May 23, 2011
The HSUS and Humane Society International Praise Assembly for Passing California Shark Protection Bill
SACRAMENTO — The Humane Society of the United States and Humane Society International applaud the California State Assembly for approving a bill to combat the cruel and wasteful practice of shark finning.
Introduced in March by Assemblymembers Paul Fong, D-Cupertino, and Jared Huffman, D-San Rafael, AB 376 passed today by a vote of 62 to 8.
This new law would prohibit the sale, possession or distribution of shark fins, closing a major enforcement loophole in existing law. Similar laws have been passed in Hawaii, Washington, Guam and the Northern Mariana Islands, and legislation is pending in the Oregon legislature.
Shark-finning involves cutting off the fins of sharks then throwing the shark back into the ocean, often while still alive, only to drown, starve or die a slow death due to predation from other species. Some species of shark are on the brink of extinction due to the cruel and exploitive shark fin industry.
“Today the Assembly sent a clear message to the rest of the world that California wants no part of the decimation of the world’s sharks for soup,” said Jennifer Fearing, The HSUS’ California senior state director. “The HSUS and HSI thank Assemblymembers Fong and Huffman for introducing this important legislation, and urge its swift passage by the Senate to strengthen California’s position at the forefront of shark and marine conservation.”
- More than 73 million sharks are killed annually primarily for their fins, which are often harvested through “finning,” a practice that involves slicing off the fins of a shark and discarding the animal at sea to drown or bleed to death. Unsustainable fishing methods have led some shark populations to decline by as much as 99 percent in recent decades.
- Conservation enforcement and finning bans in the U.S. alone are not enough to conserve sharks. A ban on shark fin products, such as AB 376 proposes, is the most effective way to eliminate the demand for shark fins and to eradicate shark finning around the world.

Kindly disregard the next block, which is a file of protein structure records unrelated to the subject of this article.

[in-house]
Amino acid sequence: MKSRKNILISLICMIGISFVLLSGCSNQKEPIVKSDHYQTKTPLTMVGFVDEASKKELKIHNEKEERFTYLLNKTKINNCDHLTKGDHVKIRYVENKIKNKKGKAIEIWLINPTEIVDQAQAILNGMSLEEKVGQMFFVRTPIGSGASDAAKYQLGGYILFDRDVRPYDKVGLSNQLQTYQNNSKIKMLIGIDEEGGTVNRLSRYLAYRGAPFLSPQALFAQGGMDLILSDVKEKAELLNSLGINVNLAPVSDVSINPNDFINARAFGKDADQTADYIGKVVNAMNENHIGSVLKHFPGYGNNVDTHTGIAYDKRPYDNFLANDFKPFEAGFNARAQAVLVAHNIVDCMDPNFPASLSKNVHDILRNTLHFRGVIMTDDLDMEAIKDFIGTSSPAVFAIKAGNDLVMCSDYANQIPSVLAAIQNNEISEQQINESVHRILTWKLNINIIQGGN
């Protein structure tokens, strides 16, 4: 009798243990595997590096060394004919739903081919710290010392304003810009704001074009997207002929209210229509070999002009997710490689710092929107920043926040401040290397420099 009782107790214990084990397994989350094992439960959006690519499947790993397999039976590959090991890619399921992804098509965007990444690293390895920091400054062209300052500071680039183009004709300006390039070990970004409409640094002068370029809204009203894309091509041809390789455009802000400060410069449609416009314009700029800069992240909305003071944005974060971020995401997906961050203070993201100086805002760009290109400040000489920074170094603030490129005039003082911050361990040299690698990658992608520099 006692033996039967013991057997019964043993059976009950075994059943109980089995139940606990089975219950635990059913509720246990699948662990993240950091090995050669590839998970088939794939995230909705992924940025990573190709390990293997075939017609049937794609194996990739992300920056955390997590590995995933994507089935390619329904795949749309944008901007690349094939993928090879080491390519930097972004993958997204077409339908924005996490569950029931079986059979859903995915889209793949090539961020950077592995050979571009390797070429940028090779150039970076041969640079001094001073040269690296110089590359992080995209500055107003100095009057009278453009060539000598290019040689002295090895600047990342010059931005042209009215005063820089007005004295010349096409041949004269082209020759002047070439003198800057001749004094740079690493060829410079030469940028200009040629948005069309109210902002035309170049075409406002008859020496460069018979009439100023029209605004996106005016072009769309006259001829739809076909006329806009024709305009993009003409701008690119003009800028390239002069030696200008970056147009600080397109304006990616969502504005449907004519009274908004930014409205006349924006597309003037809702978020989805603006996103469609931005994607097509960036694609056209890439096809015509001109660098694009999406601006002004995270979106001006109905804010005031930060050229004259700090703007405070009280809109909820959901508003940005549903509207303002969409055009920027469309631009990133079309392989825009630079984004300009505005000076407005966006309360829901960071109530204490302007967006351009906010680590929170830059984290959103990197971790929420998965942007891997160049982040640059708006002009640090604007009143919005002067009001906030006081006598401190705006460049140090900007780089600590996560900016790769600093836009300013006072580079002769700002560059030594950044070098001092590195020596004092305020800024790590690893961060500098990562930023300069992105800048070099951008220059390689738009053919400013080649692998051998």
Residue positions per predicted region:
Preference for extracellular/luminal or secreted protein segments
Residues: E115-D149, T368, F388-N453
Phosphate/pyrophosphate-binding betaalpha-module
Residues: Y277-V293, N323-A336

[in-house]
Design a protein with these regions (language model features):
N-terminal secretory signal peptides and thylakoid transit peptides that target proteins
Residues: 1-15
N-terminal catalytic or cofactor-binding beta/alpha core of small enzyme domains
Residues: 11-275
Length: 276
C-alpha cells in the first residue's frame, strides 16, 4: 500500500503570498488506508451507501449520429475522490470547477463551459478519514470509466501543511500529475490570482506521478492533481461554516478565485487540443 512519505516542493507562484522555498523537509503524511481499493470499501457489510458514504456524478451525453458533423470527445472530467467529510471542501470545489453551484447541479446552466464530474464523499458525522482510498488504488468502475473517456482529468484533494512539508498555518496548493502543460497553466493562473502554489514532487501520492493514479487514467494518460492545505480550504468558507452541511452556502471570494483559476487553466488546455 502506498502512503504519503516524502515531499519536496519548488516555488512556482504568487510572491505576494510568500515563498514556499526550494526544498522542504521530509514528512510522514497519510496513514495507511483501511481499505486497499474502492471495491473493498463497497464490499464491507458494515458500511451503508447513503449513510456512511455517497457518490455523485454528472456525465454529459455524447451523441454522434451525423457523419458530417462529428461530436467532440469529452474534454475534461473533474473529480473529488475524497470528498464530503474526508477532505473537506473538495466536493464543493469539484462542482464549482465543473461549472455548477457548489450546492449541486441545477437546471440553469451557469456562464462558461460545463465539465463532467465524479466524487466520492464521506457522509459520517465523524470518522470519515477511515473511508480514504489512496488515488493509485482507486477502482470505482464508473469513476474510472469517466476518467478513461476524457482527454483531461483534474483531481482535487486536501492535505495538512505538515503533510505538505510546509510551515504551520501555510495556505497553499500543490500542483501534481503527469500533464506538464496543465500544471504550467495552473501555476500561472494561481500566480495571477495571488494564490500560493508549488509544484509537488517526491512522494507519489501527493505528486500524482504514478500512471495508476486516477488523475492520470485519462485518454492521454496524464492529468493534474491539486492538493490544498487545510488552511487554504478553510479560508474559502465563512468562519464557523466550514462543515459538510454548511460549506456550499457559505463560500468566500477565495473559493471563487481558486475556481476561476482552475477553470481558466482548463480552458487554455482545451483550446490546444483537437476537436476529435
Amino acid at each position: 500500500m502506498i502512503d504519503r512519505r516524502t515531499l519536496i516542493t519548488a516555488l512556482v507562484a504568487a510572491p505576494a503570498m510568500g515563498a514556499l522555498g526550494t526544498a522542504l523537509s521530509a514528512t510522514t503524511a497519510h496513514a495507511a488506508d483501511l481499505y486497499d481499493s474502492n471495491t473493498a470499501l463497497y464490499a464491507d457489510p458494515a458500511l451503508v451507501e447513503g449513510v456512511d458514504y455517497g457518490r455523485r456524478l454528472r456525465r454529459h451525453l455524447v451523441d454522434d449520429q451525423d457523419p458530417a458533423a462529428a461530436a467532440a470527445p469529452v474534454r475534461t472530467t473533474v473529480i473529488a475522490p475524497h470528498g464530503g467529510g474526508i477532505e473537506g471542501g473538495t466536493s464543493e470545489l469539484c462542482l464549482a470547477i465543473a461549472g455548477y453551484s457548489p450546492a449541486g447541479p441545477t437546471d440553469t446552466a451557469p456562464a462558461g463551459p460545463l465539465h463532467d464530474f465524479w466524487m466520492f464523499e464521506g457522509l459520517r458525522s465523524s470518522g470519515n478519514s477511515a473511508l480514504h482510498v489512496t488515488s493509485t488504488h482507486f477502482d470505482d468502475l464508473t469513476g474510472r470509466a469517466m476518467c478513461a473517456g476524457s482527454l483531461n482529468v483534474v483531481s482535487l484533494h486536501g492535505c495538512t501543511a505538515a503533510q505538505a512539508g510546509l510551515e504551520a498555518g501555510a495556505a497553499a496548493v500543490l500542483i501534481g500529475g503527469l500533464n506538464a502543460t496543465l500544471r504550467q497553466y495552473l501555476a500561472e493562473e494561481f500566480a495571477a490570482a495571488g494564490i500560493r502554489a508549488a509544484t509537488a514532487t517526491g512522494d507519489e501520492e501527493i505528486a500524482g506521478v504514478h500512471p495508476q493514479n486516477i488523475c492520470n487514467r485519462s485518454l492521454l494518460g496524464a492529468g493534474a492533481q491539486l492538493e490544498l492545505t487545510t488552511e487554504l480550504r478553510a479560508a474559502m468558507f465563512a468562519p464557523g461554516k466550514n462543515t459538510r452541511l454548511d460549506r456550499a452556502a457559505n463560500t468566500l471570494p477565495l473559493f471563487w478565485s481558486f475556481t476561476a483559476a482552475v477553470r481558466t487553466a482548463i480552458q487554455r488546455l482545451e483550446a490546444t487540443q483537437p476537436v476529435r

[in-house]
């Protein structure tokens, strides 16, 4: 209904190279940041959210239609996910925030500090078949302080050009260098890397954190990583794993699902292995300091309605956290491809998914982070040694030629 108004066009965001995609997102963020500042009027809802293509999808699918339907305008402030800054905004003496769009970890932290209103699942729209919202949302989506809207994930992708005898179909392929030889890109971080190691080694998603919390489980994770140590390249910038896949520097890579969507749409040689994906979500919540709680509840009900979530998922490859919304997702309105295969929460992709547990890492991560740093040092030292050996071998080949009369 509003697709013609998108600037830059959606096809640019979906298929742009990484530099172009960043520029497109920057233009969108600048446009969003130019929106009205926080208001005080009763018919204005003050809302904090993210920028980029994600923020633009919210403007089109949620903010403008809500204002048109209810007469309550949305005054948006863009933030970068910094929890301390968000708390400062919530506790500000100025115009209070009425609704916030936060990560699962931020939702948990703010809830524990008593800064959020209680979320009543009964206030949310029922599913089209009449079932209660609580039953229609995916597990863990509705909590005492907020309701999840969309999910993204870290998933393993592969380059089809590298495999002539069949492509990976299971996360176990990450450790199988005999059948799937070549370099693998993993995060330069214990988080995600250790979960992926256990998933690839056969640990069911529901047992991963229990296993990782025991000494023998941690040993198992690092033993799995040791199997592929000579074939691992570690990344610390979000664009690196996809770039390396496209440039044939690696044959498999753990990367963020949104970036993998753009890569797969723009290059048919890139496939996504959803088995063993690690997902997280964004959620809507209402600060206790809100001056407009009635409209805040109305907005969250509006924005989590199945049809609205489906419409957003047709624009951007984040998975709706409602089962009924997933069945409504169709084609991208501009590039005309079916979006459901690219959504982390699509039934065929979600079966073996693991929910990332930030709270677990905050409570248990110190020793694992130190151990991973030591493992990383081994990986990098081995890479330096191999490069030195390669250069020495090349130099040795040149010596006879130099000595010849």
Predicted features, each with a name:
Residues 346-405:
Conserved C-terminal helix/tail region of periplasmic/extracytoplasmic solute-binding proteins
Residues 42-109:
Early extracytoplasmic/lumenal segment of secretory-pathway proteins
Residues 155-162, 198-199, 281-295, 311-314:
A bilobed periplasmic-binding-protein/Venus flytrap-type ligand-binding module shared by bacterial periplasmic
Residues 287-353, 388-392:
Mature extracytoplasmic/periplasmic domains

- Often the most expensive item on restaurant menus and typically served simply as a symbol of status, shark fin has no nutritional value, and is the main driver of the multi-billion dollar international shark fin trade. The dish is highly controversial because of the manner in which shark fins are harvested and the precarious status of many shark populations.
- In January, President Obama signed the Shark Conservation Act, to strengthen the federal law against shark finning at sea and require that sharks be landed with their fins still attached.
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The Humane Society of the United States is the nation's largest animal protection organization — backed by 11 million Americans, or one of every 28. For more than a half-century, The HSUS has been fighting for the protection of all animals through advocacy, education and hands-on programs. Celebrating animals and confronting cruelty — On the Web at humanesociety.org.
Humane Society International and its partner organizations together constitute one of the world's largest animal protection organizations — backed by 11 million people. For nearly 20 years, HSI has been fighting for the protection of all animals through advocacy, education, and hands-on programs. On the Web at hsi.org.